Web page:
Types of Clubheads

These are designed to be more forgiving – a concept that for most of us will be very attractive. Simply speaking, our off-centre strikes will travel straighter and longer than was previously possible with older technology. They are designed for the amateur player to make the game easier and more enjoyable.

These clubs do this by having the weight taken from the back of the club head and placed around the perimeter – hence perimeter weighting. Because the clubhead has this weight behind the toe and heel of the club, when a shot is hit from either, the head remains more stable and does not twist. Anything that reduces twist in the club head at impact will result in more accurate, longer shots. Cavity-backed clubs now also tend to have lower centres of gravity. This produces a higher launch angle for shots which allows the ball to get airborne more easily. This makes hitting long irons considerably easier and less daunting for the higher handicapper.

Cavity-backs are normally either midsize or oversize. This refers to the size of the club head and its ‘sweet-spot’. Higher handicap golfers should go for an oversize head, as it will maximize forgiveness, enabling them to progress more quickly. More proficient amateurs may choose to go for the midsize cavity which may help their accuracy and “shotmaking” abilities.

There are few true blades left on the market, mainly down to the fact that cavity-backs are better for the vast majority of golfers. Blades are more difficult to use than other types of clubhead, as they offer little or no forgiveness for a strike anywhere other than the sweet-spot.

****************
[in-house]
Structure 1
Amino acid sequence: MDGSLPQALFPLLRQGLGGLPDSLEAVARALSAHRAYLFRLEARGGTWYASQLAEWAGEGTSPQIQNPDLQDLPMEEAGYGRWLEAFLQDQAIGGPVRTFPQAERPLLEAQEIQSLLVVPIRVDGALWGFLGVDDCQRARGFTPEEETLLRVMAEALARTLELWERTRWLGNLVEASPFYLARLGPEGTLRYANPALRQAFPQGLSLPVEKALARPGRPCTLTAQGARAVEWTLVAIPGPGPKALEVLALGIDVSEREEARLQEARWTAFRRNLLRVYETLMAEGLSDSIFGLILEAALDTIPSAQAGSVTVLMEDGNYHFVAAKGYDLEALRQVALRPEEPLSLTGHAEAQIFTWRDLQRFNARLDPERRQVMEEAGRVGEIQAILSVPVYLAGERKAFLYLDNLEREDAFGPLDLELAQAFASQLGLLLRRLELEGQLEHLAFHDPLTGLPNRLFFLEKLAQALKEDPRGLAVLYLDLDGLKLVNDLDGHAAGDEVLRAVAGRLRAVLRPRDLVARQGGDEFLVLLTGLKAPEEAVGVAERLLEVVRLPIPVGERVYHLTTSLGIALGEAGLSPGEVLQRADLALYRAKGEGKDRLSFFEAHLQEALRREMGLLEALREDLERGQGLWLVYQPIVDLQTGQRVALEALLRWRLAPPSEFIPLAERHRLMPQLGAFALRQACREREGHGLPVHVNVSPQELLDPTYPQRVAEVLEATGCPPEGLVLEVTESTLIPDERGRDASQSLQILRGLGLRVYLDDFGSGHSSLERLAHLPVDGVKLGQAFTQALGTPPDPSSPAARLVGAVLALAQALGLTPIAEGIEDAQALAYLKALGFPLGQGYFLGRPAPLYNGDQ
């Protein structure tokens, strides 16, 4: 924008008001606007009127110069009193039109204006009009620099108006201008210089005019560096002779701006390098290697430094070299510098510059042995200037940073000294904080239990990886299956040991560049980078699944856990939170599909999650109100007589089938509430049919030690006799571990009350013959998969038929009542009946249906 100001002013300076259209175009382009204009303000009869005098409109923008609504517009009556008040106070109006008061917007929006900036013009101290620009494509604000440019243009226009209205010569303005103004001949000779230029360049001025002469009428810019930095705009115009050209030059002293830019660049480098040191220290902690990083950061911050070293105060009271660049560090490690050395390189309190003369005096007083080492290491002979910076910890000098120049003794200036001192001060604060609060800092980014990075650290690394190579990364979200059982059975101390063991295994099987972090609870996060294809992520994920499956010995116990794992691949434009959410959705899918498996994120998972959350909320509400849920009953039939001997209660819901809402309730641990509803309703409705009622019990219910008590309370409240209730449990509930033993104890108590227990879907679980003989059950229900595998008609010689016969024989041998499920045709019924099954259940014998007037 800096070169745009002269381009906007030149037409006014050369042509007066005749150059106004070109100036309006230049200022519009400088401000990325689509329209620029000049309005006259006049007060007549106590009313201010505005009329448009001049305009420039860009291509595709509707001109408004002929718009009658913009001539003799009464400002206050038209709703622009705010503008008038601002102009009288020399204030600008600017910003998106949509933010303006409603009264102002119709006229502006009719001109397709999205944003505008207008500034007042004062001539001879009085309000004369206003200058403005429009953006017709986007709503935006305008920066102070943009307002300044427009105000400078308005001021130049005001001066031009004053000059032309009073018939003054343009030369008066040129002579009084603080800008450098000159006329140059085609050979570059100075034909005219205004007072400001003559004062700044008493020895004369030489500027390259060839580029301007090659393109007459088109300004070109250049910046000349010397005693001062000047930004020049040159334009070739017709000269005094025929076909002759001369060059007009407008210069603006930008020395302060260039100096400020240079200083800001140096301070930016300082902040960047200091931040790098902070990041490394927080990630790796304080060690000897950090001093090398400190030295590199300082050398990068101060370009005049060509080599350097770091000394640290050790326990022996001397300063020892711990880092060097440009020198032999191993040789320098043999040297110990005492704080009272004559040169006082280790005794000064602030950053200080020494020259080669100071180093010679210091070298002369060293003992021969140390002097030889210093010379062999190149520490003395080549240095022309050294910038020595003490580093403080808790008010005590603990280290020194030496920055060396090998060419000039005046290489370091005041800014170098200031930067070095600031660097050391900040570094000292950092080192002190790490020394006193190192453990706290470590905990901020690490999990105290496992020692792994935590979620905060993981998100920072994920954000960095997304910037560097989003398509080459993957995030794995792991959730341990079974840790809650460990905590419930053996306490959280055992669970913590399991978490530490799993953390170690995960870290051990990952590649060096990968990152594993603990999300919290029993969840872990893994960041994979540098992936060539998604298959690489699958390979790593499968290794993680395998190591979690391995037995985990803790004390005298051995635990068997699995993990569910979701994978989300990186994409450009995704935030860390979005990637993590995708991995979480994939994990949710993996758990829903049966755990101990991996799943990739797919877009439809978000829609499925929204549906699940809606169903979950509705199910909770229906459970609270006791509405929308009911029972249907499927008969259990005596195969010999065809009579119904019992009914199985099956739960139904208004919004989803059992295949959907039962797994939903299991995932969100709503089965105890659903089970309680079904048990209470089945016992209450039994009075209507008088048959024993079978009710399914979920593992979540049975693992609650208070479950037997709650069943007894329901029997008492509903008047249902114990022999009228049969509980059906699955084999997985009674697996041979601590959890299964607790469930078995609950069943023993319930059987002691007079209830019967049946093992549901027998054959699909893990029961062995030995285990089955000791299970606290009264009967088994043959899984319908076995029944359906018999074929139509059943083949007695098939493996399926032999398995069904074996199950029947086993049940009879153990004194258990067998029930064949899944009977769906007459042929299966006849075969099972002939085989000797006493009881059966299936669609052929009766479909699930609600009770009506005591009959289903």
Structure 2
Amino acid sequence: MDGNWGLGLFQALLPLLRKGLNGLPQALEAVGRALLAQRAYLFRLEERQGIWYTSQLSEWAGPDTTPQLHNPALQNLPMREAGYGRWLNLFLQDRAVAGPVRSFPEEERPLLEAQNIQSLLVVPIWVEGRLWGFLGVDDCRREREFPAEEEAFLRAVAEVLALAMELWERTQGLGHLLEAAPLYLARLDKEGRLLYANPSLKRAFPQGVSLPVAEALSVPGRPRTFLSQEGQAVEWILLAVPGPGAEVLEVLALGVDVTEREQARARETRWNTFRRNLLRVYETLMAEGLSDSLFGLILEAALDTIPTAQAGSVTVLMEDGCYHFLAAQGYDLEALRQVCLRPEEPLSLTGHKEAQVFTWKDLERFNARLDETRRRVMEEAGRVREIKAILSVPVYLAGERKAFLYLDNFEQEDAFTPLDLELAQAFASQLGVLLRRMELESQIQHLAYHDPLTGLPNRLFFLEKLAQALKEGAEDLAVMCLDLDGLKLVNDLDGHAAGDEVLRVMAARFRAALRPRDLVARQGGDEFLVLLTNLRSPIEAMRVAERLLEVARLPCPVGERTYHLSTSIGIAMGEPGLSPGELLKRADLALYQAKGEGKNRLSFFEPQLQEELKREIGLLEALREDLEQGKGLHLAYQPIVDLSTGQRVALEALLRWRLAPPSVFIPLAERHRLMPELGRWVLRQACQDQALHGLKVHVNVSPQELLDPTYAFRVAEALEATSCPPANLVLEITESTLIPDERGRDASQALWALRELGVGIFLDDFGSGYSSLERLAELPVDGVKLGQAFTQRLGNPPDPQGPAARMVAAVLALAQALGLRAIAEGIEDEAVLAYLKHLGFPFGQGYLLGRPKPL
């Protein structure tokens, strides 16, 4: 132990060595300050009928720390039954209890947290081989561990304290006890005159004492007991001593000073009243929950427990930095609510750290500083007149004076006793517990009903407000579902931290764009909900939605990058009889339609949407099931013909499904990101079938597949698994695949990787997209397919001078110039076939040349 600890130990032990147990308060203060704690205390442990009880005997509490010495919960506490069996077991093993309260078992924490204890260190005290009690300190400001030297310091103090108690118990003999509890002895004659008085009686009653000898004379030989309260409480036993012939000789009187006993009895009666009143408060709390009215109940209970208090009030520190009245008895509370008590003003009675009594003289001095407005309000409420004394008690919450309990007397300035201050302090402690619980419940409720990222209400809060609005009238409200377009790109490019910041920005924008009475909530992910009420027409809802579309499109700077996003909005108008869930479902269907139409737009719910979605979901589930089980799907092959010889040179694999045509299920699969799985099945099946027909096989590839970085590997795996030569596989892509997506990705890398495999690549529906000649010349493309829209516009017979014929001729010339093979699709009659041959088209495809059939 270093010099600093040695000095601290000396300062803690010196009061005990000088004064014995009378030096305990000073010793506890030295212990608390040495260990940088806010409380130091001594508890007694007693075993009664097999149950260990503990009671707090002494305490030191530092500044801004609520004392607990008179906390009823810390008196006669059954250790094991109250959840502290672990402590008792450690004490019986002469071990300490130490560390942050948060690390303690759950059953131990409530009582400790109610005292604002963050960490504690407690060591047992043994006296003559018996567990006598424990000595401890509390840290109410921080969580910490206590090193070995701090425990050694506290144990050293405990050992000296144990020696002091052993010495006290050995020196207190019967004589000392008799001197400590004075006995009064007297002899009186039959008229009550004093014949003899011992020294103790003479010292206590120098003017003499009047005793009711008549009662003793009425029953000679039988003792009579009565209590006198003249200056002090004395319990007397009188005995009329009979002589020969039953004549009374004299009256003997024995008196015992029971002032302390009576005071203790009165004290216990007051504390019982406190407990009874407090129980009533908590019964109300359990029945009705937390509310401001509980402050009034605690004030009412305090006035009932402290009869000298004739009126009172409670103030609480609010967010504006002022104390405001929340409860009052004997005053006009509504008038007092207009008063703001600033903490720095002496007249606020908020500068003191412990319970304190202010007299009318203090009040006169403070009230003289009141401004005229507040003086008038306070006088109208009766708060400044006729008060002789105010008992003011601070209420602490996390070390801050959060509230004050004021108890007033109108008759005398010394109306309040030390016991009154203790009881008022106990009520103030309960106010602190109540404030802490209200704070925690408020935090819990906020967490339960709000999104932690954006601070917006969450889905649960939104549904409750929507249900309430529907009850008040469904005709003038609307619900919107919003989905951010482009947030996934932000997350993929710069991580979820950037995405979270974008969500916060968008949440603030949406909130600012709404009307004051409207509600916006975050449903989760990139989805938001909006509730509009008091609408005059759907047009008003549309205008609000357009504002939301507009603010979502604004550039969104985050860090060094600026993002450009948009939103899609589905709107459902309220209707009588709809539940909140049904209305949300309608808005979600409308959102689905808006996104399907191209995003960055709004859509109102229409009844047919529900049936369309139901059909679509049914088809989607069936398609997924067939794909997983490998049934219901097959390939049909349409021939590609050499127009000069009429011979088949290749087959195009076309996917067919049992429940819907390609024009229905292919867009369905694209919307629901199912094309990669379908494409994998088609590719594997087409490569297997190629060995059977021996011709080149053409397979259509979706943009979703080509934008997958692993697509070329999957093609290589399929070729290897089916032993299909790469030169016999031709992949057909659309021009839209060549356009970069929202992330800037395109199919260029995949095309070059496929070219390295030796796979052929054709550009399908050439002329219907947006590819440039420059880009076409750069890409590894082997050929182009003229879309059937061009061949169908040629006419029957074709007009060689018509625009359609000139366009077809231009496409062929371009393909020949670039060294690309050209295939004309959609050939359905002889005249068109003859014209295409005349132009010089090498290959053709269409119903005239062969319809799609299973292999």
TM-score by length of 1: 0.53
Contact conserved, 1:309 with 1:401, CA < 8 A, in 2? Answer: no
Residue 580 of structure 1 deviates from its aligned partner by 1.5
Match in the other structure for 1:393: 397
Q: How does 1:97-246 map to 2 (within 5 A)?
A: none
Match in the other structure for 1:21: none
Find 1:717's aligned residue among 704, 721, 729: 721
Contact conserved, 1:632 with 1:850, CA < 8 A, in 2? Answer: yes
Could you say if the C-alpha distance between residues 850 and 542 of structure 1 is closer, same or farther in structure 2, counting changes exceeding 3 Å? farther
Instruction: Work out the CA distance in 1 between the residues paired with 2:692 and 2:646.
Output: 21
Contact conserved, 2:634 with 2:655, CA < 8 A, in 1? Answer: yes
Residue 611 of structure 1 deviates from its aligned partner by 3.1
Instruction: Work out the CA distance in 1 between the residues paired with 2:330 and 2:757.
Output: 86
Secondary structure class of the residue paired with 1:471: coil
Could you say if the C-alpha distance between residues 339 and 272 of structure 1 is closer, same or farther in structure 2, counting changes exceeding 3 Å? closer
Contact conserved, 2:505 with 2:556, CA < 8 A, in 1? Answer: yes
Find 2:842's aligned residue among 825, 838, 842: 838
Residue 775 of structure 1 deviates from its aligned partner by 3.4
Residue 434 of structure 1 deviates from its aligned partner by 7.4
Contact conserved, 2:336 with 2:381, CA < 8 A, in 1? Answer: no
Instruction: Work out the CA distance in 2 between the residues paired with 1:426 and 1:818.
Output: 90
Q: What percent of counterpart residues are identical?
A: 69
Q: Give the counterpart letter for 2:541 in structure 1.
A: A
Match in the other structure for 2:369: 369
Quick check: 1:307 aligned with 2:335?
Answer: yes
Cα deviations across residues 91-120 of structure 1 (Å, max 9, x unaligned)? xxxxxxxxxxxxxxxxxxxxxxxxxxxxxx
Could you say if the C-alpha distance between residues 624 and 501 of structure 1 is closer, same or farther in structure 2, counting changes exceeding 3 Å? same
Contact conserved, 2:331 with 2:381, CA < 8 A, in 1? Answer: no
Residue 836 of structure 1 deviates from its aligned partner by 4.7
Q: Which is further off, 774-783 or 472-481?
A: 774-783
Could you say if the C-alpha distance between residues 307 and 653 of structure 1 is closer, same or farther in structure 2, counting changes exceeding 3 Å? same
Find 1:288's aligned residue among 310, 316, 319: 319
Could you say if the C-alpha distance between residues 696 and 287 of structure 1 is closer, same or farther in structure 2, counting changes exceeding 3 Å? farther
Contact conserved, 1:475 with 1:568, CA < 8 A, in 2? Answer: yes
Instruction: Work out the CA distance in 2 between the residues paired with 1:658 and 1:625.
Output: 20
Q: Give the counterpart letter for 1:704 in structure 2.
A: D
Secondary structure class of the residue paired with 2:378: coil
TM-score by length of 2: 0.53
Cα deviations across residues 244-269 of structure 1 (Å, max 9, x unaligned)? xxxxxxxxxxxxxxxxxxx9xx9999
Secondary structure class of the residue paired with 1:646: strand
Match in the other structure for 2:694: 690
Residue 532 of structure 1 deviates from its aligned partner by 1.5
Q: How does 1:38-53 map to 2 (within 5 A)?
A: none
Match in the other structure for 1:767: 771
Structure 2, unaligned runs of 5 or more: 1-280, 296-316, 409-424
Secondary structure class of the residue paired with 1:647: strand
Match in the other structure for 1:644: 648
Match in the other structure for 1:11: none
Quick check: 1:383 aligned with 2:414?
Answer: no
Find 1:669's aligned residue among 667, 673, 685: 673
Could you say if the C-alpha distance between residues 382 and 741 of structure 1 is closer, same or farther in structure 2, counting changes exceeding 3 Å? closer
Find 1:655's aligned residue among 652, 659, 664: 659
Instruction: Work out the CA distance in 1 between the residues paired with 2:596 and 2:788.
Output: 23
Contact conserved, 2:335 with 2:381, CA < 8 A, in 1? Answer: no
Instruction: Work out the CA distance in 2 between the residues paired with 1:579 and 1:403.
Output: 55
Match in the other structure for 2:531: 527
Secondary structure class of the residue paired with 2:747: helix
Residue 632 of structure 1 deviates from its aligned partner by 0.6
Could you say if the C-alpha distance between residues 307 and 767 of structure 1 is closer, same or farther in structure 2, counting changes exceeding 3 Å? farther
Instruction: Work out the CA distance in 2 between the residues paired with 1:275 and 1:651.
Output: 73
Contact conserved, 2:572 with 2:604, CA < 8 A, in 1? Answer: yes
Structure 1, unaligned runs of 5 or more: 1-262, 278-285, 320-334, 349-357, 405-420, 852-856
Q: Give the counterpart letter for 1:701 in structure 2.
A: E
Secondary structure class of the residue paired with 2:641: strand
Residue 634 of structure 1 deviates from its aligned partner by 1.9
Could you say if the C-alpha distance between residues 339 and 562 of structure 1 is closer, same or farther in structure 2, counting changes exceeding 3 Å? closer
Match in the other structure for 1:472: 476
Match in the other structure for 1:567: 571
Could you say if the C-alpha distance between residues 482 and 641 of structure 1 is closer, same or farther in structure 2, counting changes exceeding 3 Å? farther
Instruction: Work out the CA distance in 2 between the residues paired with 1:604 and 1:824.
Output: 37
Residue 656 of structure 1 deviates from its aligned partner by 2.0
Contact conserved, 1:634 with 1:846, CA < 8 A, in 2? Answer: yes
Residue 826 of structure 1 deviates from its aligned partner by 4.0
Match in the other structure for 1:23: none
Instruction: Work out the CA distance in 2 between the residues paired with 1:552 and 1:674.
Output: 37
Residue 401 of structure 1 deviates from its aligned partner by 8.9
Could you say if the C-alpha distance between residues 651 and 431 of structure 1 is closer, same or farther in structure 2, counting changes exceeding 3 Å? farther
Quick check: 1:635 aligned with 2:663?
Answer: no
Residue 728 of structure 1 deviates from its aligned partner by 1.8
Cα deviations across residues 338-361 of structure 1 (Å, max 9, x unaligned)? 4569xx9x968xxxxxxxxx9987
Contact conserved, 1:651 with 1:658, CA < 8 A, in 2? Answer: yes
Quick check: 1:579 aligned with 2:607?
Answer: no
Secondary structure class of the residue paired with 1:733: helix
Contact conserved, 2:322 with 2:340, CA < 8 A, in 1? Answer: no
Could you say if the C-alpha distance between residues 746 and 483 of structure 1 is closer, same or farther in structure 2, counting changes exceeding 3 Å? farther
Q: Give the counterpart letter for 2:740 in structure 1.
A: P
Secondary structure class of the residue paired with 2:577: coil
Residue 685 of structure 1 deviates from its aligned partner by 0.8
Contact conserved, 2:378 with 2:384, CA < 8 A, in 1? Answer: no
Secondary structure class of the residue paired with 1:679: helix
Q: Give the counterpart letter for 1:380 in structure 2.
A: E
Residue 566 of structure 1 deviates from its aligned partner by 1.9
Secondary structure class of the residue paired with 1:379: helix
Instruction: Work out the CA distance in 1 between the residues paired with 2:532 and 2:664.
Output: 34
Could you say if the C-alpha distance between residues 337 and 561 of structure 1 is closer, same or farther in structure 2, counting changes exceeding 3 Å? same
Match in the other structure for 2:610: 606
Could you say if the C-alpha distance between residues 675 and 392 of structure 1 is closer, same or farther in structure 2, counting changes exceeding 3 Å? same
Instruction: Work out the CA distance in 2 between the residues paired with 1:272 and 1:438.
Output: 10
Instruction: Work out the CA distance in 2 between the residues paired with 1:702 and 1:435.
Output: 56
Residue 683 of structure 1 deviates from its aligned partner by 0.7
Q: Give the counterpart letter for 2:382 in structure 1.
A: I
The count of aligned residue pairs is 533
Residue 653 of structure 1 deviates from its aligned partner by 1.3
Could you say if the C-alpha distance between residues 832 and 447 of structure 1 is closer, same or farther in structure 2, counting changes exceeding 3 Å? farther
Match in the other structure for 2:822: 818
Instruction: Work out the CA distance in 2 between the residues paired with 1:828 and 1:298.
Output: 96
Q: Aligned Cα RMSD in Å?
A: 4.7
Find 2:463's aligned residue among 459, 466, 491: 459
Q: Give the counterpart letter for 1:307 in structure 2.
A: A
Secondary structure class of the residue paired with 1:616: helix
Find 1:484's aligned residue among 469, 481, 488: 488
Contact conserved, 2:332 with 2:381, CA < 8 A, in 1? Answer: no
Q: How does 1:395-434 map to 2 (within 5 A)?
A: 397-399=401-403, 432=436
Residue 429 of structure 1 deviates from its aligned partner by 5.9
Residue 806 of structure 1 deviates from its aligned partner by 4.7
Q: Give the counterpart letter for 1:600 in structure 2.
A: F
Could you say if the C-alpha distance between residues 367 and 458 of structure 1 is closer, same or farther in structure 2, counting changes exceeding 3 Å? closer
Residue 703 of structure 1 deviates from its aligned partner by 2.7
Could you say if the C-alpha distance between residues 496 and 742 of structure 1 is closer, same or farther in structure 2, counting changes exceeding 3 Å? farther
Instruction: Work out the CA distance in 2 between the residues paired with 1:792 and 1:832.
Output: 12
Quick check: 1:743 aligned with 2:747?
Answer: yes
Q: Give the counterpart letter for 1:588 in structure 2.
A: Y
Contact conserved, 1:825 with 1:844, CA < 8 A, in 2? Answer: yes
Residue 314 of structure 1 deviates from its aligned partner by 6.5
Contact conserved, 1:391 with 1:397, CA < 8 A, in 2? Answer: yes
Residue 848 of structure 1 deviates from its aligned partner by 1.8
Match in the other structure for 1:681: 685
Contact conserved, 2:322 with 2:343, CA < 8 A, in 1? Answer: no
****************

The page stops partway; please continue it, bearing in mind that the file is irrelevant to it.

The reason that the top end of the amateur and professional players often choose to play these is because they rarely, if ever, miss the centre of the club. With accuracy like this, the blade offers ultimate playability. This means that the user can move the ball around in the air, left to right, high or low with great accuracy and feel. For most players simply hitting the ball straight is enough and that is why the forgiving nature of a cavity is our choice. Leave the blades to the experts!

Forged Head
FORGED HEAD – for the better player and why.

Clubs that have a forged head are designed for the lower handicap amateur and the professional. They offer these players a softer, better feel and above all complete consistency. The golfer will experience a softer feeling at impact, which is known to increase feedback. This will increase the players feel and therefore touch, particularly with the shorter irons, allowing the player to attack the target with complete confidence. At the top level of golf where players rely on distances being accurate to the metre, the forged head provides a consistency of distance unrivalled by other materials.

Forged clubs are made to be softer than others, and are therefore less durable. The higher handicap is unlikely to appreciate the benefit and is more likely to damage the club.

As forged clubs are more expensive (due to a more intensive production process) the higher handicap player should be advised against them as, for a lower financial outlay, they can get a set of clubs (see below) more suited to their game.

Cast Head
Cast club heads are mainly less expensive than forged, offer greater ease of use and are more durable. The higher handicapper will rarely appreciate the benefits of a forged club and as such is better opting for cast.

Being generally harder than forged club heads reduces the risk of damaging (chipping), so the investment in a set of clubs is likely to be longer lasting.